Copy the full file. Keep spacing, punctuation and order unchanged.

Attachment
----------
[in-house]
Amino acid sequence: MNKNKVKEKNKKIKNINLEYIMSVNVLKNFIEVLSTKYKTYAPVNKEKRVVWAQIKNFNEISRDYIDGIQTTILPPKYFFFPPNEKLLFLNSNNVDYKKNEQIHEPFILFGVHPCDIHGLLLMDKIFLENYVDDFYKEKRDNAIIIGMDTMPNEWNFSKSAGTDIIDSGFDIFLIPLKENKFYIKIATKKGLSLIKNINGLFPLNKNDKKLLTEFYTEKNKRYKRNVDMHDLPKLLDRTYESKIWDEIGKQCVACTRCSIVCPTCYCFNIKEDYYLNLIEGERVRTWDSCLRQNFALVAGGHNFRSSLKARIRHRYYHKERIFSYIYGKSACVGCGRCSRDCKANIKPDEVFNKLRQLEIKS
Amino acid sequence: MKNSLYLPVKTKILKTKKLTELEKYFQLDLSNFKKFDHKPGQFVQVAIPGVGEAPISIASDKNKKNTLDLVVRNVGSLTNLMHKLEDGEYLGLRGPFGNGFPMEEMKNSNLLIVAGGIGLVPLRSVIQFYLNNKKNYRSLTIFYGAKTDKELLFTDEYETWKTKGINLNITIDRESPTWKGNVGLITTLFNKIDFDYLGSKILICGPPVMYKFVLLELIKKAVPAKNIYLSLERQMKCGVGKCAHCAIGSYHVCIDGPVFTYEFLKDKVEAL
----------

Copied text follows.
[in-house]
Amino acid sequence: MNKNKVKEKNKKIKNINLEYIMSVNVLKNFIEVLSTKYKTYAPVNKEKRVVWAQIKNFNEISRDYIDGIQTTILPPKYFFFPPNEKLLFLNSNNVDYKKNEQIHEPFILFGVHPCDIHGLLLMDKIFLENYVDDFYKEKRDNAIIIGMDTMPNEWNFSKSAGTDIIDSGFDIFLIPLKENKFYIKIATKKGLSLIKNINGLFPLNKNDKKLLTEFYTEKNKRYKRNVDMHDLPKLLDRTYESKIWDEIGKQCVACTRCSIVCPTCYCFNIKEDYYLNLIEGERVRTWDSCLRQNFALVAGGHNFRSSLKARIRHRYYHKERIFSYIYGKSACVGCGRCSRDCKANIKPDEVFNKLRQLEIKS
Amino acid sequence: MKNSLYLPVKTKILKTKKLTELEKYFQLDLSNFKKFDHKPGQFVQVAIPGVGEAPISIASDKNKKNTLDLVVRNVGSLTNLMHKLEDGEYLGLRGPFGNGFPMEEMKNSNLLIVAGGIGLVPLRSVIQFYLNNKKNYRSLTIFYGAKTDKELLFTDEYETWKTKGINLNITIDRESPTWKGNVGLITTLFNKIDFDYLGSKILICGPPVMYKFVLLELIKKAVPAKNIYLSLERQMKCGVGKCAHCAIGSYHVCIDGPVFTYEFLKDKVEAL